PositiveIndependentIn Eimear Ryan’s moving debut, 20-year-old Beth Crowe arrives at Trinity College Dublin accompanied by the shadow of her late grandfather Ben...One of the country’s most celebrated poets, his works are included on the Leaving Cert syllabus and frequently quoted at weddings, funerals and political rallies...What sets Ben apart, however, is his suicide: he died by drowning when Beth’s mother was still a child, so Beth never had the chance to meet him...Given the public’s fixation on his death, both her mother, Alice, and grandmother, Lydia, prefer not to talk about him, turning down interviews, burning his journals and denying scholars access to his archives...The title of Ryan’s novel nods to the other shadow following Beth: her past as a promising competitive swimmer...A couple of years earlier, a breakdown brought her Olympic hopes crashing down, and when she recovers enough to enrol at Trinity, she is eager to carve out a new identity distinct from her earlier swimming glory...Readers may wonder how many novels about students finding themselves at Trinity College we really need...Happily, Holding Her Breath takes us out of Dublin for the final section...It is on this road trip across the country that Beth uncovers hidden truths about not only her grandparents but herself, too...The beautiful closing passage will stay in readers’ minds, bringing this story to a satisfying conclusion.
PositiveIndependent (IRE)Clever ... As well as being a compelling literary thriller, Magpie offers an intimate, unflinching portrait of infertility, laying bare the pain and heartache of struggling to conceive ... The women of Day’s novel are for the most part brilliantly formed ... But as Magpie progresses, she tends to favour plot over character. Jake remains a one-dimensional figure, perhaps by design to stir suspense around his motives. The storyline about Marisa’s family is abandoned, while a return to her viewpoint later in the novel would have helped ground the conclusion ... The midway change in perspective also changes the pace, as the story slows down before reaching a subdued climax and an ending that feels too tidy and too easy, following the twisty, gasp-worthy narrative that preceded it. Yet after 300 pages that veer between tense thriller, psychological drama and moments of almost Gothic horror, such optimism may be welcome.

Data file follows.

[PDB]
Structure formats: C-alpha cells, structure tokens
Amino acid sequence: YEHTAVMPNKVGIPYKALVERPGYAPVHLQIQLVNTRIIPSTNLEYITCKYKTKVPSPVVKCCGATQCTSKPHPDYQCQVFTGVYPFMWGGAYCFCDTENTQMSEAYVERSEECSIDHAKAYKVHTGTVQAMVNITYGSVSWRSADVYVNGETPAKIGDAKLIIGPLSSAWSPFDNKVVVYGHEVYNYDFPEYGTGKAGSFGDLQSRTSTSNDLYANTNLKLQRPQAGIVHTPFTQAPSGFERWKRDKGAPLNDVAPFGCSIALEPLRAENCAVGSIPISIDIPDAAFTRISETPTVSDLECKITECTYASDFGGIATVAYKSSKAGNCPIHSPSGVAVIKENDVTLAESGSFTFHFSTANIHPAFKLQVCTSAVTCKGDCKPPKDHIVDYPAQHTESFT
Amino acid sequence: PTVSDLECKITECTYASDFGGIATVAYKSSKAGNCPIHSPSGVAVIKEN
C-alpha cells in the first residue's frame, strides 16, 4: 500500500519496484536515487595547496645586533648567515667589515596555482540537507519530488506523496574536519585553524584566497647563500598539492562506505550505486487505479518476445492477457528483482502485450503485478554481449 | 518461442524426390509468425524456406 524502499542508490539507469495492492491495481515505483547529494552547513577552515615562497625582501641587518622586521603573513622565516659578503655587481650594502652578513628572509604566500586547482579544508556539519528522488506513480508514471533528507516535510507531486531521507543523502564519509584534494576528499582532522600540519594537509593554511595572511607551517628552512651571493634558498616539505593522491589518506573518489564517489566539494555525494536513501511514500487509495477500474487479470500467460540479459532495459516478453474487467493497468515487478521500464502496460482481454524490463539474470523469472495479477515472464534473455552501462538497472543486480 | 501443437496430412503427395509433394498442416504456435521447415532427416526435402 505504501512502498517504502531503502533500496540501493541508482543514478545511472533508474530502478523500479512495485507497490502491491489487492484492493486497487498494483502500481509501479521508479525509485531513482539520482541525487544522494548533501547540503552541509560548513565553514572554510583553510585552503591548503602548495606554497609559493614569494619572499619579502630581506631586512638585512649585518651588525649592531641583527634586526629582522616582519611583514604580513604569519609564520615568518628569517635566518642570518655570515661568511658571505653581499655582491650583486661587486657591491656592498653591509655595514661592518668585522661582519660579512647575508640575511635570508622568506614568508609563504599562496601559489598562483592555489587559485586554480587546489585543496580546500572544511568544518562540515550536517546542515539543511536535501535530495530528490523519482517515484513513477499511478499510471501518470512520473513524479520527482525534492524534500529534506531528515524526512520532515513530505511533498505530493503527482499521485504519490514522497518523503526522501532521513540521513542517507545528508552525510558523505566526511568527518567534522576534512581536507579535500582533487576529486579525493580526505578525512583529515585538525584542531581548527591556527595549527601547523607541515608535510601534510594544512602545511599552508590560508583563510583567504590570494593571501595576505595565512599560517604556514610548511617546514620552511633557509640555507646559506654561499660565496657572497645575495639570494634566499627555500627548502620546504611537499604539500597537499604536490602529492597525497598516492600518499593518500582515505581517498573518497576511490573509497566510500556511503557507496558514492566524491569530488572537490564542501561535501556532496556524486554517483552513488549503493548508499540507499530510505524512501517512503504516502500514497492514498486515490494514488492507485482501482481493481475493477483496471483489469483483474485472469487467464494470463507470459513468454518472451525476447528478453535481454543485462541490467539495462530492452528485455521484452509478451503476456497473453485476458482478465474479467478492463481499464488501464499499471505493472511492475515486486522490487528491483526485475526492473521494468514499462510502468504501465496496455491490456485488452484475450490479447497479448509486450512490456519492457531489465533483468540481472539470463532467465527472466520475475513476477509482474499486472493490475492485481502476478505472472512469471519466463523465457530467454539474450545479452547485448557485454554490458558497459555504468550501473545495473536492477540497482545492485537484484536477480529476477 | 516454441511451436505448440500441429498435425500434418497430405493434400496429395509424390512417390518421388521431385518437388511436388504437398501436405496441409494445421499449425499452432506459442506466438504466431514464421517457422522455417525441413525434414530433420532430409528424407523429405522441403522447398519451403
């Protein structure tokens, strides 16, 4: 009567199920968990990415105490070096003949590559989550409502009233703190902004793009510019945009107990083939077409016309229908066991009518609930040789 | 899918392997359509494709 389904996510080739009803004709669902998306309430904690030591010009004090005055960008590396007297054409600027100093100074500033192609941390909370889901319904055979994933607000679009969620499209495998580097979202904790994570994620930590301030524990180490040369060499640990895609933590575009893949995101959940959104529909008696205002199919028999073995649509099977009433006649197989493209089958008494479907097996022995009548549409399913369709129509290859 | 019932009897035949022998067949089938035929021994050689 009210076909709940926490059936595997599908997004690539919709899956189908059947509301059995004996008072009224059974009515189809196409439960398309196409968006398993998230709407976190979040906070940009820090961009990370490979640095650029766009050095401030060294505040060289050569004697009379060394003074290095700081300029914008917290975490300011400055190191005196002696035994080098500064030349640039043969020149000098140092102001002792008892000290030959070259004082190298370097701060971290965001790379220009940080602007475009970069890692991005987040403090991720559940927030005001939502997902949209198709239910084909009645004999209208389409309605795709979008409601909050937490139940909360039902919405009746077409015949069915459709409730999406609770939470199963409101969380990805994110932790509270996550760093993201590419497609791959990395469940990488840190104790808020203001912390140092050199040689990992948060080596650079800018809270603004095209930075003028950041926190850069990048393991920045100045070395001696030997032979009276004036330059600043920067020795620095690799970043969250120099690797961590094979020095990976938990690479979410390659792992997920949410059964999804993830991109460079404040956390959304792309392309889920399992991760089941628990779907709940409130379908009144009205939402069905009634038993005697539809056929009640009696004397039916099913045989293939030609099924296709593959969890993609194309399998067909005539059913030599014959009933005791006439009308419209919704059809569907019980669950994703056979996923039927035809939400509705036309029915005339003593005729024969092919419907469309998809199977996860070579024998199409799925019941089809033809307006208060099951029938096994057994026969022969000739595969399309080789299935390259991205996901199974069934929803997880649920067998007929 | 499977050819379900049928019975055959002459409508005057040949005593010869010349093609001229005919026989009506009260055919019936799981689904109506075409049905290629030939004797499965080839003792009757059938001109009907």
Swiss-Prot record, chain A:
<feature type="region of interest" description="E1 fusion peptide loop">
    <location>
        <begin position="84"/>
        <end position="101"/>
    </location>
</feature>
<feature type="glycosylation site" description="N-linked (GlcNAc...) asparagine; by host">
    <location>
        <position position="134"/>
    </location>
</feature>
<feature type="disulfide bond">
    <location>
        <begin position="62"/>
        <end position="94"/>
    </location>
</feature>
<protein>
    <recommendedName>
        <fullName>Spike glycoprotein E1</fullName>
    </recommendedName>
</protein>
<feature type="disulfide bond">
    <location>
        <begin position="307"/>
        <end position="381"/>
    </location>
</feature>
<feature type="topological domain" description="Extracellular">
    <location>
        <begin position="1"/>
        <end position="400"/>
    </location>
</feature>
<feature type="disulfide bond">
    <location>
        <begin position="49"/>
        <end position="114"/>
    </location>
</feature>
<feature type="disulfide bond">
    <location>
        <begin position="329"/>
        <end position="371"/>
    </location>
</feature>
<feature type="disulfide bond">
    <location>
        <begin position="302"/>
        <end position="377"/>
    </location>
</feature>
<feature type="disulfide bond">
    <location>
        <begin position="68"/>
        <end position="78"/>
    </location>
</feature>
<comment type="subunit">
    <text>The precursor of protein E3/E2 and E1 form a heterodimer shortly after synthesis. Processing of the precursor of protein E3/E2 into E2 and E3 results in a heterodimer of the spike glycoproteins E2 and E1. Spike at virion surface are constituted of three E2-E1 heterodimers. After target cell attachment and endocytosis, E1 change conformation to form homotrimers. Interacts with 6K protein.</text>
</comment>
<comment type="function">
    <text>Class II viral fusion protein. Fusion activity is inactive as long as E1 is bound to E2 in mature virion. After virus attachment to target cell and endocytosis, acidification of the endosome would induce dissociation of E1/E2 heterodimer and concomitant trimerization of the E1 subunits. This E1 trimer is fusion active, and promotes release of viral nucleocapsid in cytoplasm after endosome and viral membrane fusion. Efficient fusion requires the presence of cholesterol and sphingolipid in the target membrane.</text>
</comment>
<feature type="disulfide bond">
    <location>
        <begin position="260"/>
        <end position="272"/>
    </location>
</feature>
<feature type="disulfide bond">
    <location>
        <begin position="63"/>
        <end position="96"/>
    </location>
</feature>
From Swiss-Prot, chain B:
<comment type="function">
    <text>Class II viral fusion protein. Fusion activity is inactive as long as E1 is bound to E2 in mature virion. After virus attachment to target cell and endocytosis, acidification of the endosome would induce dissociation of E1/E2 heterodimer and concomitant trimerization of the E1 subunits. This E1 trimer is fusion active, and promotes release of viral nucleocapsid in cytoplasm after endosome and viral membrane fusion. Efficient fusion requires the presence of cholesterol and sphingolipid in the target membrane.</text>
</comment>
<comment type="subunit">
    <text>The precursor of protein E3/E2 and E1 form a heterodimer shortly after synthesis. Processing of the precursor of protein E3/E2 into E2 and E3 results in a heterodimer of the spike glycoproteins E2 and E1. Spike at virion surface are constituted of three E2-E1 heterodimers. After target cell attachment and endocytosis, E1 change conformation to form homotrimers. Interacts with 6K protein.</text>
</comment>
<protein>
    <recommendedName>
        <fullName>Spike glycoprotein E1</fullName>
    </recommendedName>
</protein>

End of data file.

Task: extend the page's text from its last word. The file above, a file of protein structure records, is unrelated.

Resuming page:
PositiveIndependent (IRE)[The] new cast filing in to deliver their life stories can feel a little repetitive and formulaic, without the extracurricular activities to flesh out the characters beyond the therapy sessions. Thankfully, however, Keyes has done away with her fondness for writing in dialect, proving she doesn’t need phonetic speech to easily distinguish between different nationalities and backgrounds ... Deeply felt ... Though some readers may find the resolution of Rachel’s recovery storyline a touch too neat, the build-up to that point is expertly crafted, as Keyes delves into what happens when a loss is so overwhelming that your usual support systems stop providing comfort ... That portrait of grief, in particular the challenge it poses to those in recovery, is rendered with great compassion and acute emotional honesty ... Unlike the brisk, lively narration of the earlier books, loaded with the tension of a thriller, Again, Rachel is a more languorous reading experience, and its 600-odd pages take a while to get going.
PositiveThe Irish Independent (IRE)Nealon’s account of Debbie’s first experience as a commuter is hilariously astute ... you can tell Nealon is very fond of this concept, and clings to it even when it adds little to the story. It may be an effort to bring a fresh dimension to the coming-of-age story given the recent success of other young Irish female voices. Yet the dreams hover around the edges of the narrative, intruding just when the reader may have forgotten about them, before the concept trails off without any deeper exploration ... much stronger in its study of mental health, particularly the way the novel addresses the silence and shame around depression, addiction and suicide in Irish culture ... This is where Nealon’s clear, unfussy style is most effective: Debbie and Xanthe are part of a generation frequently told they have it easier than their parents ever did, and even Debbie finds it hard to accept that someone from an affluent background like Xanthe could have any serious problems ... Debbie is often achingly naive ... Nealon does a lovely job in tracing Debbie’s gradual understanding of both her own mental health, and her family’s attempts to hide and ignore their issues until it’s almost too late. The depiction of mental illness is raw and often painful, making this not just a sharp, tender coming-of-age story for Debbie, but for the whole cast of Nealon’s characters.